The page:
Muir Wood therapist, David Laing

Minimum Drinking Age of 21 Works, Says Study

Every so often, there are stirrings from some groups who hope to lobby for lowering the legal drinking age in the United States. Currently, the legal drinking age is 21 years old, but some believe it should be lowered to age 18, the same age that Americans can vote or enlist in the military.

However, time and again, any real progress toward lowering the drinking age is snuffed out by the sobering reports that bad things happen when adults younger than 21 are allowed to drink, and a new study supports that trend.

Less Alcohol-Related Damage

Maintaining a legal drinking age of 21 is equated with the following among young adults, according to a study published in the Journal of Studies on Alcohol and Drugs:

  • Lower rates of drunk driving accidents
  • Lower rates of unwanted pregnancy and sexually transmitted diseases
  • Lower rates of suicide
  • Less dating violence, including assault and date rape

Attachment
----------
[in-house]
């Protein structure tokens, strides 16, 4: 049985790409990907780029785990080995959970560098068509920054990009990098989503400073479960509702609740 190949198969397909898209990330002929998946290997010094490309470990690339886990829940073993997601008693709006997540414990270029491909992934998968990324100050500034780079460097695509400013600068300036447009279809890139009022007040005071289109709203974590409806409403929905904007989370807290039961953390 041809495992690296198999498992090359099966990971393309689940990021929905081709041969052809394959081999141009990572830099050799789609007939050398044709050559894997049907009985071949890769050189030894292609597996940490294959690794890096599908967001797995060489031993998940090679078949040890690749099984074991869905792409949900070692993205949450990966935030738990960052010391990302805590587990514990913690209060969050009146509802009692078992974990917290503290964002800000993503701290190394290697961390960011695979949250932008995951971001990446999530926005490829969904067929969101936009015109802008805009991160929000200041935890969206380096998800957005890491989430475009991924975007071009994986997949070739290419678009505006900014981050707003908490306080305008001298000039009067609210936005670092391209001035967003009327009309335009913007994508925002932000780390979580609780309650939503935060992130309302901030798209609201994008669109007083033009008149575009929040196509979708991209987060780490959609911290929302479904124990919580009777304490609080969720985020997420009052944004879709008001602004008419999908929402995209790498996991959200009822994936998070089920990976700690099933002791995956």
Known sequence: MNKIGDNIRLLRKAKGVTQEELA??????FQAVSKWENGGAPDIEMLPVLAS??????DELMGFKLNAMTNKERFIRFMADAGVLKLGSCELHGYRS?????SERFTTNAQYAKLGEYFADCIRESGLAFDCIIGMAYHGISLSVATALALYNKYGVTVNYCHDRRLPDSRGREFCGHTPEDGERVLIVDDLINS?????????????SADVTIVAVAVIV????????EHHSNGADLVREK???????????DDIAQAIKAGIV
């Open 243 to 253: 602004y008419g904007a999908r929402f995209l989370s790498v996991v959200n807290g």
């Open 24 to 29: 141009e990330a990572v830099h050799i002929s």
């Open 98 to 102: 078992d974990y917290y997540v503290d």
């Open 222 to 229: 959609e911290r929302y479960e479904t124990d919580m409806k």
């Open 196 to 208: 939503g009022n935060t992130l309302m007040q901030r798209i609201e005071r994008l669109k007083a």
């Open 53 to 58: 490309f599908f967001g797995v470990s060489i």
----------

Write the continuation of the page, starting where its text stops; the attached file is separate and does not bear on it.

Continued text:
In short, the higher legal drinking age is working. William DeJong of Boston University School of Public Health was lead researcher on the study. In a news release, he said, “The evidence is clear that there would be consequences if we lowered the legal drinking age. Some people assume that students are so hell-bent on drinking, nothing can stop them. But it really is the case that enforcement works.”

Just Say “No”

Too often, parents allow their teens to drink, believing that they will drink without their permission anyway and hoping to mitigate harm by opening the lines of communication through the removal of boundaries. However, the more permissive a parent is about drinking, the more likely it is that the child will take it too far, drinking before driving or drinking in larger amounts or more often than they might have otherwise. Instead, setting up clear boundaries and a zero-tolerance policy about alcohol and all drugs will make it clear to your teen that the best choice is abstinence until they are 21.

When Boundaries Fail

Standing strong and being a positive example for your kids about alcohol intake can help them to make better choices for themselves, but if you find that your son is drinking despite your best efforts, don’t wait to take aggressive action. The sooner you can help him to quit drinking, the less damage will be caused by his continued use of alcohol and, potentially, other drugs and the less likely it will be that he will develop a lifelong dependence on the substance.

Learn more about our teen-focused experiential drug rehab designed solely for teen boys here at Muir Wood today. Call now.